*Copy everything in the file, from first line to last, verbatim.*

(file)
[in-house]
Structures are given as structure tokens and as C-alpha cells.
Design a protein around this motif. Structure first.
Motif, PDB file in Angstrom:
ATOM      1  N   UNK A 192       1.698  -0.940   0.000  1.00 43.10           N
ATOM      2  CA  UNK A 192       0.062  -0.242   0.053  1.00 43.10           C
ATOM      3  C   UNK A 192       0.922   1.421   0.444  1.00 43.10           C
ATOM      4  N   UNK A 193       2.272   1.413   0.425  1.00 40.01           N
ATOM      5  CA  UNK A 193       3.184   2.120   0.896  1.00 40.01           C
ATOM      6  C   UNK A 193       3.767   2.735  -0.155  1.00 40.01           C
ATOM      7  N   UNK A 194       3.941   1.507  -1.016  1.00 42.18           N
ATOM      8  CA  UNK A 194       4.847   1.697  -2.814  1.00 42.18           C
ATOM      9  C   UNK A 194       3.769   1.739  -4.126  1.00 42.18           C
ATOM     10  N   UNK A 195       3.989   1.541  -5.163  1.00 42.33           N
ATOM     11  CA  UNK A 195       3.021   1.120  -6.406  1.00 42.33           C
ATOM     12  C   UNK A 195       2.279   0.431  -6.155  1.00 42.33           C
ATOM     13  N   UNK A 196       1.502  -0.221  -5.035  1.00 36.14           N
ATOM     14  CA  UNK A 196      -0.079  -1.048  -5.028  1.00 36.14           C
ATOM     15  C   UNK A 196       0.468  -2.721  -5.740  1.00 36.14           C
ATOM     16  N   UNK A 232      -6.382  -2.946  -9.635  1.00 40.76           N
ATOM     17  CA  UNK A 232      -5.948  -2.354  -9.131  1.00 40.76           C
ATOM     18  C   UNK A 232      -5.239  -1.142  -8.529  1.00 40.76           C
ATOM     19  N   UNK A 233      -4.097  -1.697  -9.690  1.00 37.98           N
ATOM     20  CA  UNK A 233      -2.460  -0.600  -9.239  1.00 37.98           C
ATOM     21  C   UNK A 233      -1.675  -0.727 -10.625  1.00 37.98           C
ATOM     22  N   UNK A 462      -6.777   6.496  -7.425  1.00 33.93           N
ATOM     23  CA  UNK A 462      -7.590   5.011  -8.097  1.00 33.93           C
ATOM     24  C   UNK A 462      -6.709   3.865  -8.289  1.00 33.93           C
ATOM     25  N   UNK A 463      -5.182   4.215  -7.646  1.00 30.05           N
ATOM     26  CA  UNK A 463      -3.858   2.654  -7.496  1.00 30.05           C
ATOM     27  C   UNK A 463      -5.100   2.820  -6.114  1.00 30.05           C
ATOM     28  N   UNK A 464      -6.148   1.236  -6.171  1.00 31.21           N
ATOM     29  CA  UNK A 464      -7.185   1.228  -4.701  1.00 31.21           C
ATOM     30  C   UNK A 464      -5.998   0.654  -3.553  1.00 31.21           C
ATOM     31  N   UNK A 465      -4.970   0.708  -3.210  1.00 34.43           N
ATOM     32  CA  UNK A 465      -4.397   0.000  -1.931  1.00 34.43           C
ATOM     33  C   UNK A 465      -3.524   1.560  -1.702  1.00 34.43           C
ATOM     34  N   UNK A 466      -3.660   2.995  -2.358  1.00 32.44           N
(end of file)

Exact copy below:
[in-house]
Structures are given as structure tokens and as C-alpha cells.
Design a protein around this motif. Structure first.
Motif, PDB file in Angstrom:
ATOM      1  N   UNK A 192       1.698  -0.940   0.000  1.00 43.10           N
ATOM      2  CA  UNK A 192       0.062  -0.242   0.053  1.00 43.10           C
ATOM      3  C   UNK A 192       0.922   1.421   0.444  1.00 43.10           C
ATOM      4  N   UNK A 193       2.272   1.413   0.425  1.00 40.01           N
ATOM      5  CA  UNK A 193       3.184   2.120   0.896  1.00 40.01           C
ATOM      6  C   UNK A 193       3.767   2.735  -0.155  1.00 40.01           C
ATOM      7  N   UNK A 194       3.941   1.507  -1.016  1.00 42.18           N
ATOM      8  CA  UNK A 194       4.847   1.697  -2.814  1.00 42.18           C
ATOM      9  C   UNK A 194       3.769   1.739  -4.126  1.00 42.18           C
ATOM     10  N   UNK A 195       3.989   1.541  -5.163  1.00 42.33           N
ATOM     11  CA  UNK A 195       3.021   1.120  -6.406  1.00 42.33           C
ATOM     12  C   UNK A 195       2.279   0.431  -6.155  1.00 42.33           C
ATOM     13  N   UNK A 196       1.502  -0.221  -5.035  1.00 36.14           N
ATOM     14  CA  UNK A 196      -0.079  -1.048  -5.028  1.00 36.14           C
ATOM     15  C   UNK A 196       0.468  -2.721  -5.740  1.00 36.14           C
ATOM     16  N   UNK A 232      -6.382  -2.946  -9.635  1.00 40.76           N
ATOM     17  CA  UNK A 232      -5.948  -2.354  -9.131  1.00 40.76           C
ATOM     18  C   UNK A 232      -5.239  -1.142  -8.529  1.00 40.76           C
ATOM     19  N   UNK A 233      -4.097  -1.697  -9.690  1.00 37.98           N
ATOM     20  CA  UNK A 233      -2.460  -0.600  -9.239  1.00 37.98           C
ATOM     21  C   UNK A 233      -1.675  -0.727 -10.625  1.00 37.98           C
ATOM     22  N   UNK A 462      -6.777   6.496  -7.425  1.00 33.93           N
ATOM     23  CA  UNK A 462      -7.590   5.011  -8.097  1.00 33.93           C
ATOM     24  C   UNK A 462      -6.709   3.865  -8.289  1.00 33.93           C
ATOM     25  N   UNK A 463      -5.182   4.215  -7.646  1.00 30.05           N
ATOM     26  CA  UNK A 463      -3.858   2.654  -7.496  1.00 30.05           C
ATOM     27  C   UNK A 463      -5.100   2.820  -6.114  1.00 30.05           C
ATOM     28  N   UNK A 464      -6.148   1.236  -6.171  1.00 31.21           N
ATOM     29  CA  UNK A 464      -7.185   1.228  -4.701  1.00 31.21           C
ATOM     30  C   UNK A 464      -5.998   0.654  -3.553  1.00 31.21           C
ATOM     31  N   UNK A 465      -4.970   0.708  -3.210  1.00 34.43           N
ATOM     32  CA  UNK A 465      -4.397   0.000  -1.931  1.00 34.43           C
ATOM     33  C   UNK A 465      -3.524   1.560  -1.702  1.00 34.43           C
ATOM     34  N   UNK A 466      -3.660   2.995  -2.358  1.00 32.44           N